Wednesday, September 30, 2009


What are They All About?

Sacraments are the life blood of the Catholic Church.

After the Protestant Reformation, the Catholic Church started on a clean up, and among the efforts was the Council of Trent which was a meeting of church leaders in 25 sessions from 1545 to 1563, under 3 different popes of the time. Among the things they discussed and concurred on was the Roman Catechism, a document written in Latin that was used by priests to teach the faithful. In 1884, the US Bishops gathered in Baltimore, MD and decided to publish an English version of the catechism, and thus gave birth to the Baltimore Catechism, which was first published in 1891, and answered 100 questions about the faith.

The Baltimore Catechism was in use in schools in Canada as well as the US when I was a grade school student in the 1950's and 60's, and I remember to this day the definition of Sacrament from the book, though I confess to remembering nothing more specifically. The definition of a sacrament in the BC was the following: " A sacrament is an outward sign instituted by Christ to give grace."

That was simple enough for my 5 year old mind to grasp and remember, though still hard to take to heart, where it now resides. More recently, Pope John Paul II issued the Catechism of the Catholic Church in 1992, with translations starting in 1994. It did not make it into English until 2006.

Here is what the New Catechism says about sacraments in a section titled Article 2 THE PASCHAL MYSTERY IN THE CHURCH'S SACRAMENTS:
1131 The sacraments are efficacious signs of grace, instituted by Christ and entrusted to the Church, by which divine life is dispensed to us. the visible rites by which the sacraments are celebrated signify and make present the graces proper to each sacrament. They bear fruit in those who receive them with the required dispositions.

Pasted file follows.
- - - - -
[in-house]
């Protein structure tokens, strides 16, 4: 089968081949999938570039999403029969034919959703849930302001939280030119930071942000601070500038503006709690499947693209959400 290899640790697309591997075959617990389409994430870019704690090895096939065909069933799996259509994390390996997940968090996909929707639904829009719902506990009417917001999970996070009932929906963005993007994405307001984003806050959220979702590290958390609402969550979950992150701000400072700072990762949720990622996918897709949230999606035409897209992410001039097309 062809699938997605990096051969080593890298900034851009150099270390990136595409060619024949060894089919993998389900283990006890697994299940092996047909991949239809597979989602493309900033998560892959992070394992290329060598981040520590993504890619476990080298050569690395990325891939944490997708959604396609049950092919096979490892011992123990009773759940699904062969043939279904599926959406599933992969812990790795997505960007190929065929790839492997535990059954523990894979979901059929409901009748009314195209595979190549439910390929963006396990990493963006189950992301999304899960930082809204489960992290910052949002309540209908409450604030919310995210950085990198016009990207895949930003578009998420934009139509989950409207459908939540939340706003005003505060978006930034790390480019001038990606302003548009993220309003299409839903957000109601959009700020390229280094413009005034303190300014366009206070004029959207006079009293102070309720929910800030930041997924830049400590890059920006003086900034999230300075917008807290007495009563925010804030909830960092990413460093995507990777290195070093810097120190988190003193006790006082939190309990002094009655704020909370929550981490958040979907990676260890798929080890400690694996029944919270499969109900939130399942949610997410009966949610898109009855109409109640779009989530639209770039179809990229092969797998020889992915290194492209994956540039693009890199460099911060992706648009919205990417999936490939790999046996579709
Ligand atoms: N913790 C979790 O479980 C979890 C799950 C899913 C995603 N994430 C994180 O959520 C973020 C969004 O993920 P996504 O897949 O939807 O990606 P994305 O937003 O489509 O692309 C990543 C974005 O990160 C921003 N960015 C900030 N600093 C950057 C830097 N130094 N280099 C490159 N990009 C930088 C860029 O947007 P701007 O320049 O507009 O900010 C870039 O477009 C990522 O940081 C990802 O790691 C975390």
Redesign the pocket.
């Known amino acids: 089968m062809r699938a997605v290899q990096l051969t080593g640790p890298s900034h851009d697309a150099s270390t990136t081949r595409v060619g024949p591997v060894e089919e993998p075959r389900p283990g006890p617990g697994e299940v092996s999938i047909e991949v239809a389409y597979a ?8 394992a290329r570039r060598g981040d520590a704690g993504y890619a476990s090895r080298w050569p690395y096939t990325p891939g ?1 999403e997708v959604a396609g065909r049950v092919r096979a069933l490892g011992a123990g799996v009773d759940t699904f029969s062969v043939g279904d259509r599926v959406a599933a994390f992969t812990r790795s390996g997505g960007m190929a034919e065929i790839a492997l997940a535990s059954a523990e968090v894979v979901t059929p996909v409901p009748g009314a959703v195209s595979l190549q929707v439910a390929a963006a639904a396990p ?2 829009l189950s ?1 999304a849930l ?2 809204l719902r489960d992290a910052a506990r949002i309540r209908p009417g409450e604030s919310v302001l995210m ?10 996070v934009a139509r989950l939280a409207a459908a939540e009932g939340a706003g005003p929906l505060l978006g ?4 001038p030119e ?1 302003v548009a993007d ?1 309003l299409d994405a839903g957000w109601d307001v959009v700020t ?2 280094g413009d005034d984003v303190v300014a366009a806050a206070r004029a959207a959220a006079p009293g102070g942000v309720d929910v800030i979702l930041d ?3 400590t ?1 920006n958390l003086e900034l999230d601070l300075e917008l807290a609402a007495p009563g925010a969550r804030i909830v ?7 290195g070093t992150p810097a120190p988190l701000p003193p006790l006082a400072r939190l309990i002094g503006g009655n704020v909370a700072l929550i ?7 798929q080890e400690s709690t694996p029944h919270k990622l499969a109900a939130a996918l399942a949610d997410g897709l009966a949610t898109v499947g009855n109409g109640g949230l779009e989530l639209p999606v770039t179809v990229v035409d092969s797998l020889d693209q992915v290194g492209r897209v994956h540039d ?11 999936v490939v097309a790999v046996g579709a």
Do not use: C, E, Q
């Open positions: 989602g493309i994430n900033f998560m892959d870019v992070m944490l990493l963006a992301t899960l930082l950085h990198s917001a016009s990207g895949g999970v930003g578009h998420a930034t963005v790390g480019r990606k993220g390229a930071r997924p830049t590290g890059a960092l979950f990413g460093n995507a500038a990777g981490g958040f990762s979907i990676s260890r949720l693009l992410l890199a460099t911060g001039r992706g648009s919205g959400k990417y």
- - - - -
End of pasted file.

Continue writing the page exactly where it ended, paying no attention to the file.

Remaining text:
1132 The Church celebrates the sacraments as a priestly community structured by the baptismal priesthood and the priesthood of ordained ministers.

1133 The Holy Spirit prepares the faithful for the sacraments by the Word of God and the faith which welcomes that word in well-disposed hearts. Thus the sacraments strengthen faith and express it.

1134 The fruit of sacramental life is both personal and ecclesial. For every one of the faithful an the one hand, this fruit is life for God in Christ Jesus; for the Church, on the other, it is an increase in charity and in her mission of witness.

The Church teaches that there are 7 sacraments, and they are classified as follows:
Sacraments of Christian Initiation

Sacraments of Healing
Penance and Reconciliation
Anointing of the Sick

Sacraments at the Service of Communion
Holy Orders
With this as an introduction, I intend to write from time to time about the various sacraments and what they mean to me as a Catholic, though I hope not to diverge in any way from Church teaching in the telling.

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